Meals that made America great – Waldorf salad
How food from around the world found a welcome home in the US - as featured in America The Cookbook
The Waldorf salad - as featured in America The Cookbook - is popularly regarded as a quintessentially American dish. It was indeed created in the Waldorf Astoria hotel in Manhattan for a charity ball given in honour of the St. Mary’s Hospital for Children in 1896. Its essential ingredients were apples, celery, grapes with mayonnaise; walnuts were only added later, in the 1920s. The same year, it appeared in a cookbook, credited to “Oscar of The Waldorf”.
However that Oscar, Oscar Tschirky, maître d’hôtel at the Waldorf, was, like many 19th century New Yorkers, a recent arrival. He had been born in 1866 in La Chaux-de-Fonds, Switzerland – Le Corbusier’s home town - and arrived in the US in 1883.
The hotel also had central European heritage; founded by the Astor family, named after their ancestral home town of Walldorf in southern Germany, it was built in the German Renaissance style in 1893, shortly before the salad’s invention.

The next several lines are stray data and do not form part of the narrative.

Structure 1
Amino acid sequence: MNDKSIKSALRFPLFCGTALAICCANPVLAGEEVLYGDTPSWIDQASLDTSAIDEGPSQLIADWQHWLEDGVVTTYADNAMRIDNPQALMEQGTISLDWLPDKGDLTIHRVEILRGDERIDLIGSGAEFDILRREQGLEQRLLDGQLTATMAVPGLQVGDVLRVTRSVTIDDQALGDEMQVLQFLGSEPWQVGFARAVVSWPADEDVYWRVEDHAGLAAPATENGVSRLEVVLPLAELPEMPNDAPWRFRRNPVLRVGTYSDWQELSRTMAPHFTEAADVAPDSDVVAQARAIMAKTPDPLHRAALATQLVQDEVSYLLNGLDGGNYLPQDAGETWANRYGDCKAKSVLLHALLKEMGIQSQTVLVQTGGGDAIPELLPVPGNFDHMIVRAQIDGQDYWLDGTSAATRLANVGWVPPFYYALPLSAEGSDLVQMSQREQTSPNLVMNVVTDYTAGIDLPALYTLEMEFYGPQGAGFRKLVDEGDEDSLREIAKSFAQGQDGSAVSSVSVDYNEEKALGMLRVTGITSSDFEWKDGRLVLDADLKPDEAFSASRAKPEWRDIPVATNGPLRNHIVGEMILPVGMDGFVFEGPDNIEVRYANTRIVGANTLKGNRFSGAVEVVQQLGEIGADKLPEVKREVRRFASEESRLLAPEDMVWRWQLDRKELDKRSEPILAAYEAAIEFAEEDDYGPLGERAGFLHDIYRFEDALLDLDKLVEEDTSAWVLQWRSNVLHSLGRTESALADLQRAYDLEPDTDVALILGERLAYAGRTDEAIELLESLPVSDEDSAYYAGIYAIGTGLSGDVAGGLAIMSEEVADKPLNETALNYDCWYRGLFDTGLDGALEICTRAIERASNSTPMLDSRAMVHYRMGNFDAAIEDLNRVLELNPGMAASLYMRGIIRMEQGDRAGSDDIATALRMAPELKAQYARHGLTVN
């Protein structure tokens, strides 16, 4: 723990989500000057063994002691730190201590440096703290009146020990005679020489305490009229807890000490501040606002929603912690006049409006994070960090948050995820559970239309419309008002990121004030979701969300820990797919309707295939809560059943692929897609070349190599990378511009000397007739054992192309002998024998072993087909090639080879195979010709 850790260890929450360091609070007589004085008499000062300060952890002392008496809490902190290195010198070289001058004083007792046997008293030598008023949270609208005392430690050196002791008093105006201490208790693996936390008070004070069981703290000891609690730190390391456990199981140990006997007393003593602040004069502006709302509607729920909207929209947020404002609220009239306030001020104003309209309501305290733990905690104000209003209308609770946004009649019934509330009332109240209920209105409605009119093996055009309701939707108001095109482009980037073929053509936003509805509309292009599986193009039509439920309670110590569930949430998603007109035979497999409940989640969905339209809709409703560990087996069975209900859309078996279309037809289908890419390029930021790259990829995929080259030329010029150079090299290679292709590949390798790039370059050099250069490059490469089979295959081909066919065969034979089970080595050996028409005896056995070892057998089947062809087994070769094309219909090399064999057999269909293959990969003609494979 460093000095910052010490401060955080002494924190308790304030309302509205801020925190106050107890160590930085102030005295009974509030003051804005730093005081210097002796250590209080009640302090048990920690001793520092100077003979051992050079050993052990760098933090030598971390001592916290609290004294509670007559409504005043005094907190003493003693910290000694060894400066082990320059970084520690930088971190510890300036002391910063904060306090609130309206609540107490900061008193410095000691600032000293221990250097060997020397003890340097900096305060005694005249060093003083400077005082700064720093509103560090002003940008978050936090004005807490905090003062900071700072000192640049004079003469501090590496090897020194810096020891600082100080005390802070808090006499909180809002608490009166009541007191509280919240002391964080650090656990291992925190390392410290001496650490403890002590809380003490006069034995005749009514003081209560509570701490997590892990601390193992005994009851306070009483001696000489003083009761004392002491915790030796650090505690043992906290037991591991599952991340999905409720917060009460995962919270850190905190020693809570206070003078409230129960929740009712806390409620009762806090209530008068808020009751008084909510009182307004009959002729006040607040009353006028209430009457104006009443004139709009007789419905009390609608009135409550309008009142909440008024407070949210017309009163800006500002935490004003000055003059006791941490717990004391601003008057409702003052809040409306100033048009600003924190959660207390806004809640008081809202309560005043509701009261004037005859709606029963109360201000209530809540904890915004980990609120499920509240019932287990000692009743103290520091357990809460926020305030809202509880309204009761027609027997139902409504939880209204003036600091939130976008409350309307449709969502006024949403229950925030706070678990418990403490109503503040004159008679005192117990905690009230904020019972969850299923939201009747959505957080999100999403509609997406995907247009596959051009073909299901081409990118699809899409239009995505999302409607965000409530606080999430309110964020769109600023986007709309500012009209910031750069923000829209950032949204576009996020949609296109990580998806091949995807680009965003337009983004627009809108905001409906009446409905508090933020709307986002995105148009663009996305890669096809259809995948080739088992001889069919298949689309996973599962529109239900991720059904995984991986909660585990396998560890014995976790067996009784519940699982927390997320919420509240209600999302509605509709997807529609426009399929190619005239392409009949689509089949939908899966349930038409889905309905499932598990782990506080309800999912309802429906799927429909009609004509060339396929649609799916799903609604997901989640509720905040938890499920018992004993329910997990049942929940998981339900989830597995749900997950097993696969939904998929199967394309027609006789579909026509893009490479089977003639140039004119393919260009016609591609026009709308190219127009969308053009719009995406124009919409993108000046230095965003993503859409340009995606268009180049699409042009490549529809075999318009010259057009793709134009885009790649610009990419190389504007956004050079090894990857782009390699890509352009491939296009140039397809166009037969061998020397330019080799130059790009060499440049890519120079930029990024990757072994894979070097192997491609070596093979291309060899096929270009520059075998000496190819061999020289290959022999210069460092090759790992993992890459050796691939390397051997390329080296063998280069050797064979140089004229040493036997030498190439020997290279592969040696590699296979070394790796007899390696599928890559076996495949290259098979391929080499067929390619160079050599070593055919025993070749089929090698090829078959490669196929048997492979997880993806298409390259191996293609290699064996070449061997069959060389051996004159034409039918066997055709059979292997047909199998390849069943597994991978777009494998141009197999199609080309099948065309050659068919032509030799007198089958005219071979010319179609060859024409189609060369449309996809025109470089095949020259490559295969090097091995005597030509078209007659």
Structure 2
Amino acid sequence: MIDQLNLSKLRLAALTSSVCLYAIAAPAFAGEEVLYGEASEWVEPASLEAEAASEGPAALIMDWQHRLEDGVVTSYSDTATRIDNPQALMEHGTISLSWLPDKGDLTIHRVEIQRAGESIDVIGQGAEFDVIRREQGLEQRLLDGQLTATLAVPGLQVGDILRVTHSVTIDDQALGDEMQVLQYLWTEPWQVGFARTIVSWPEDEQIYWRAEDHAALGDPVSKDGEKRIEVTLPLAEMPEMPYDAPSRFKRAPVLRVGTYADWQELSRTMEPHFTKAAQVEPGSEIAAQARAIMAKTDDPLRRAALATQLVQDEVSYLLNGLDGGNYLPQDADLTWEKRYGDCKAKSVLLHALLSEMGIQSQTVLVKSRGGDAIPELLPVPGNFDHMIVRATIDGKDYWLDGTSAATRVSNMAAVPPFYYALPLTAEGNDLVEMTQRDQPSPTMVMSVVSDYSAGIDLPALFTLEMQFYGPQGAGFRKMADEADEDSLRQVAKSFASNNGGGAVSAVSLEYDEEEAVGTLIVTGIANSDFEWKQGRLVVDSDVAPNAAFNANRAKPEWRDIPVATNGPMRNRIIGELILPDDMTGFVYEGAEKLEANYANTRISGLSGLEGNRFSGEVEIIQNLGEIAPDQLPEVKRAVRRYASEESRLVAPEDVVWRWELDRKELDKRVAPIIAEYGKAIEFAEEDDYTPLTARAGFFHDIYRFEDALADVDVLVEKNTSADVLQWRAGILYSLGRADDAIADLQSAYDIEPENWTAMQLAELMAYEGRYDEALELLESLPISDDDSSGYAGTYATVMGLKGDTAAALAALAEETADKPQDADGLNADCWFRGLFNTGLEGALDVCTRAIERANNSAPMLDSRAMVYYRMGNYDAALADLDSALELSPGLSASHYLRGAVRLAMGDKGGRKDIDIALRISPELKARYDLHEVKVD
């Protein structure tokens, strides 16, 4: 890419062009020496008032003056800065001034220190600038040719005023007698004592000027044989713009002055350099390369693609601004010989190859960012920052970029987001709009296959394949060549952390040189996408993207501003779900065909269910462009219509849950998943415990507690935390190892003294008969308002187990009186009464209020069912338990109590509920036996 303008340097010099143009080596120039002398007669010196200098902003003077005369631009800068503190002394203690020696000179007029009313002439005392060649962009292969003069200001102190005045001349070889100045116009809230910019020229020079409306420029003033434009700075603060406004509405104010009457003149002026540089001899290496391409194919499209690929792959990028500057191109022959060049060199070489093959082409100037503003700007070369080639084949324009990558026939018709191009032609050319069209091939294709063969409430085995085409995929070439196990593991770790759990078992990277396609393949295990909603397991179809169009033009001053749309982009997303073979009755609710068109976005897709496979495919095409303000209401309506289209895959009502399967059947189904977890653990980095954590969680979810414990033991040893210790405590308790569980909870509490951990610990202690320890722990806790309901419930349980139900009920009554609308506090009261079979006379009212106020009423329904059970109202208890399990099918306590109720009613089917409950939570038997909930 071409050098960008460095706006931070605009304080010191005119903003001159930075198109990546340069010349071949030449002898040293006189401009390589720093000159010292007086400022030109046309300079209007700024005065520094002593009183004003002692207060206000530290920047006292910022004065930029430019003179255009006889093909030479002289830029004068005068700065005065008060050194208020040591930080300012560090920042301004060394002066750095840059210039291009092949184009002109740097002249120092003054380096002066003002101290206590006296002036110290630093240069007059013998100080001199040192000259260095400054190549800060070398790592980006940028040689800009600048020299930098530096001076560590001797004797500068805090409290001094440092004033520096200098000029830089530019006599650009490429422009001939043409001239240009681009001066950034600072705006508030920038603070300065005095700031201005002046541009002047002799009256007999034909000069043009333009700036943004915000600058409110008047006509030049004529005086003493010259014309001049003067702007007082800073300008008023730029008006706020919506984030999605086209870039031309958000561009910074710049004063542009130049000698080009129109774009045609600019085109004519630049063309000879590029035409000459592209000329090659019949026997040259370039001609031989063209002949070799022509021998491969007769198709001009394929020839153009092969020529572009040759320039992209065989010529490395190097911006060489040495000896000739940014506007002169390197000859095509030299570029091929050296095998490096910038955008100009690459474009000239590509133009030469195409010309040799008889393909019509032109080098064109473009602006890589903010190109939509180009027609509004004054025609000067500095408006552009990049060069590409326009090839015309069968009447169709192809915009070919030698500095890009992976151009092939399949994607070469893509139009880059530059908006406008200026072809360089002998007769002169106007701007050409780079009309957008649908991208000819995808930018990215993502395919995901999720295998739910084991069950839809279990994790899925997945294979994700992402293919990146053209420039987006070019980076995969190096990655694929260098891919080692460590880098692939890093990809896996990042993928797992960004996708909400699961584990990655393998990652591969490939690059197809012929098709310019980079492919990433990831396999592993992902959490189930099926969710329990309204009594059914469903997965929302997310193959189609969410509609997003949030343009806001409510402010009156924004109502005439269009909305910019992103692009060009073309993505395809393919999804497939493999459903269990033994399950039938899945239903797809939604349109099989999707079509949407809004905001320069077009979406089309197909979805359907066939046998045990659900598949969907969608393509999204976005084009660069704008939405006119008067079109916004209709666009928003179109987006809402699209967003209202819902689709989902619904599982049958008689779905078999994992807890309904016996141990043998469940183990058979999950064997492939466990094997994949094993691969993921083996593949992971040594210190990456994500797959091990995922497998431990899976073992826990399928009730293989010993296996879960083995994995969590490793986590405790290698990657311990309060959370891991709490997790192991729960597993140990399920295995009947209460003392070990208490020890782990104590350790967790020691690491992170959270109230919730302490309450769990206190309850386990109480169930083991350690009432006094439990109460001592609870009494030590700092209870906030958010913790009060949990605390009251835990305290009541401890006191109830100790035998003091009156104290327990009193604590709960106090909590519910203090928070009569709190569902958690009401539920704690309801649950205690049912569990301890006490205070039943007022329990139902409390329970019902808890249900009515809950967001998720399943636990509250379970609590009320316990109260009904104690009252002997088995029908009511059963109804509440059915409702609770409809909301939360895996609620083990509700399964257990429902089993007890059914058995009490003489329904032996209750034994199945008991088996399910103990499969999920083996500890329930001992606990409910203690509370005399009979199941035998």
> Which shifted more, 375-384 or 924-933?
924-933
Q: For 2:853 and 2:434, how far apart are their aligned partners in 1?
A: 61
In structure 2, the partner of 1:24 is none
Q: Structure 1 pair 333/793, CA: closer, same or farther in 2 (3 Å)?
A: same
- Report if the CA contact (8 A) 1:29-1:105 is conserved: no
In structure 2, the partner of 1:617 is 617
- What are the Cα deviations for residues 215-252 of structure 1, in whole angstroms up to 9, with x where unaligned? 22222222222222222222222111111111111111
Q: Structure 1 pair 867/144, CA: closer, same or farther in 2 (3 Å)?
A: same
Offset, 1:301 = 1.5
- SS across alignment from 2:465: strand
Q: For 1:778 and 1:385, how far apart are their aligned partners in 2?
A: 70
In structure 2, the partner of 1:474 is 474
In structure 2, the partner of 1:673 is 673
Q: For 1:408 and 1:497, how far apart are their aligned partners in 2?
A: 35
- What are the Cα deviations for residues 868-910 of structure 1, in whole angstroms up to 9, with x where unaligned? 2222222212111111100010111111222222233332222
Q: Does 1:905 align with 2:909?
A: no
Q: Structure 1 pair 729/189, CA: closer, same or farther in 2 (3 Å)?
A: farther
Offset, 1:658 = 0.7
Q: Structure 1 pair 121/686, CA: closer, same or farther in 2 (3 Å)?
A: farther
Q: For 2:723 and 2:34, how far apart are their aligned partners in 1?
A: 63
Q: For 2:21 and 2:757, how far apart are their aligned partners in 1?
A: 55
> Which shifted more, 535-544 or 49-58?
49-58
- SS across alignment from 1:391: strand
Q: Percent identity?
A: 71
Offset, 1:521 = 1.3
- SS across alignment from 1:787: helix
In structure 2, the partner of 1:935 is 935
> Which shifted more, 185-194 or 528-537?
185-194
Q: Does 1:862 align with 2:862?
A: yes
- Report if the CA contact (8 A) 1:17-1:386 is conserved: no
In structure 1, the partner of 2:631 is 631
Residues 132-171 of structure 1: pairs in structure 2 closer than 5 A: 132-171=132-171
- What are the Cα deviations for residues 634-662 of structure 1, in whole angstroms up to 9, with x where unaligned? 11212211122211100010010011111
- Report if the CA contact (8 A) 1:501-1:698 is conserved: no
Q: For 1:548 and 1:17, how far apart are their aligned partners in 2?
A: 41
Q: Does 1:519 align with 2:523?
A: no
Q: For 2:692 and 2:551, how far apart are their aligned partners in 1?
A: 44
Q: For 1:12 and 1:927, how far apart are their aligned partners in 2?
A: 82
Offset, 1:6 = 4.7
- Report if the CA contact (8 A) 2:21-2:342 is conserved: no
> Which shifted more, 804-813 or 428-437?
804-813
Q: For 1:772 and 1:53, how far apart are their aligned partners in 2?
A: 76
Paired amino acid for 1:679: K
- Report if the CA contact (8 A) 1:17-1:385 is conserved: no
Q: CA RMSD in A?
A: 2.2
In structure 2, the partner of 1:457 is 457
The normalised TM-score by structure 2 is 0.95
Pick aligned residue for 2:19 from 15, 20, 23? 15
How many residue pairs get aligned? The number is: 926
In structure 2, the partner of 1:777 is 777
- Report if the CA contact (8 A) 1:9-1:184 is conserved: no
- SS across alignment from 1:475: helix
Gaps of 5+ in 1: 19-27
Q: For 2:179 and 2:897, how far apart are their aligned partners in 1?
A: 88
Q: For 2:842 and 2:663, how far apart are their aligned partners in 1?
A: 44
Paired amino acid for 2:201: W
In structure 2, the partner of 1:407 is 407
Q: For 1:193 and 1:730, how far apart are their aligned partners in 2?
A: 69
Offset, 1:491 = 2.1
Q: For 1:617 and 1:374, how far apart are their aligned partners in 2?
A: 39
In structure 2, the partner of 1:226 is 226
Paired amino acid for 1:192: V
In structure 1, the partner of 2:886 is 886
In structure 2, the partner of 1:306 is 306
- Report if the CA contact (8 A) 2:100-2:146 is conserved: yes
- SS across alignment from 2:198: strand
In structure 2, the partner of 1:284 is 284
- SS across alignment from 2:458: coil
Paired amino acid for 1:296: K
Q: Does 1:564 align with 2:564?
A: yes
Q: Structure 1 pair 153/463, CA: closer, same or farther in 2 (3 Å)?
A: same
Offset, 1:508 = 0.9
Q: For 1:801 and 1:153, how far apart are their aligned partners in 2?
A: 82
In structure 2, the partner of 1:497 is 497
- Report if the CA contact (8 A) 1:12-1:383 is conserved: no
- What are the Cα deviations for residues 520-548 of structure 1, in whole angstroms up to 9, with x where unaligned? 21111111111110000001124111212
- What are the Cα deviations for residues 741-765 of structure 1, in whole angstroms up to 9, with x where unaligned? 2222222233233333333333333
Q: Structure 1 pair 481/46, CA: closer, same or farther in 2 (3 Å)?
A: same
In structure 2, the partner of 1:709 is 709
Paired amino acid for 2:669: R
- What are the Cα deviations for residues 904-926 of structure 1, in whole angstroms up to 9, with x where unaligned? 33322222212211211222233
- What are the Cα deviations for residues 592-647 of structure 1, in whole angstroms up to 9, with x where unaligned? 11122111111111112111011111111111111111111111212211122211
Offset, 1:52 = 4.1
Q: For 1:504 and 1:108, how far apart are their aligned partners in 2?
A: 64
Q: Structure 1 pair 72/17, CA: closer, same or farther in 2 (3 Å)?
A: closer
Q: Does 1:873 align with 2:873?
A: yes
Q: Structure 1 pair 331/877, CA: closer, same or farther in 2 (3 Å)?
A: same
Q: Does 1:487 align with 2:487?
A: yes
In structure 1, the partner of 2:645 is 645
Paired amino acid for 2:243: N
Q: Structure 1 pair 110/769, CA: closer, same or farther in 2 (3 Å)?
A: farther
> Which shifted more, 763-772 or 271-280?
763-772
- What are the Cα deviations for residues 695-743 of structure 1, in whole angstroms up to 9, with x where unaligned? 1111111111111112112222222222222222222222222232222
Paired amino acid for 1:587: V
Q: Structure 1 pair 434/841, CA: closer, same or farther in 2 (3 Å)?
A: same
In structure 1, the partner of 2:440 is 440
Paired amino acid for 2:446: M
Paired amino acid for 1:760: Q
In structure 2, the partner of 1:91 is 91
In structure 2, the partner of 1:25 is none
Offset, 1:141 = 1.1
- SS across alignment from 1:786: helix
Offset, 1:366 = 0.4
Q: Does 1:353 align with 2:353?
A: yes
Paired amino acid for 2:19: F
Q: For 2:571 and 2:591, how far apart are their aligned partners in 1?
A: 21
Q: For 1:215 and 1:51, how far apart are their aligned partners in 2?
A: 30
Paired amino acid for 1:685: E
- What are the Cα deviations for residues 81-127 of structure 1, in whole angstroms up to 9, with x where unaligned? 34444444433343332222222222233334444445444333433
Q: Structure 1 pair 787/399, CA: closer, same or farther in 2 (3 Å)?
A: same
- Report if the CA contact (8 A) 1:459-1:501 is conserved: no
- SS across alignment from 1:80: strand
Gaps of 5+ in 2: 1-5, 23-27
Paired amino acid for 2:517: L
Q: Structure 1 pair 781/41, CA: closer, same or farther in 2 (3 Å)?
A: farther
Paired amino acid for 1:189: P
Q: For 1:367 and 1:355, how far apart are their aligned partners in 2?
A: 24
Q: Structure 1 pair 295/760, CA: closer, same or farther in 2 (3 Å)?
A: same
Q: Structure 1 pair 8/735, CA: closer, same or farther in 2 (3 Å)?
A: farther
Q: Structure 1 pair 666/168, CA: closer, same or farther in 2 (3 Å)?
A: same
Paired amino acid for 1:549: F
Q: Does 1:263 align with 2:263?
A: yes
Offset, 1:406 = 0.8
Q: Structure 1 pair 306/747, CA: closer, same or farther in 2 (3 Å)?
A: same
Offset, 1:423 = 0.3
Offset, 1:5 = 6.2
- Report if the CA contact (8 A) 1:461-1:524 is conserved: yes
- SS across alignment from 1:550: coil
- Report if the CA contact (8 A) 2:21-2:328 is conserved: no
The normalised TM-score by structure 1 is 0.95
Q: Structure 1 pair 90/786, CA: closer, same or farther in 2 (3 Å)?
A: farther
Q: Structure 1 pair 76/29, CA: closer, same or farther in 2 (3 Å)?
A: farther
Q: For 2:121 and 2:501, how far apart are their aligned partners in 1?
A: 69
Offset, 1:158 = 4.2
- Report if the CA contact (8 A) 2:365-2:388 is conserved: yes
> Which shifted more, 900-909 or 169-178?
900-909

Though Tschirky wasn’t a chef, his salad was not the only popular recipe he passed on to the great American public. He is also credited with helping to popularise Thousand Island dressing and Eggs Benedict. Once again, American quintessence turns out to mean immigrant innovation.
To get the recipe, and for more on American food - both homegrown and imported - get America The Cookbook here.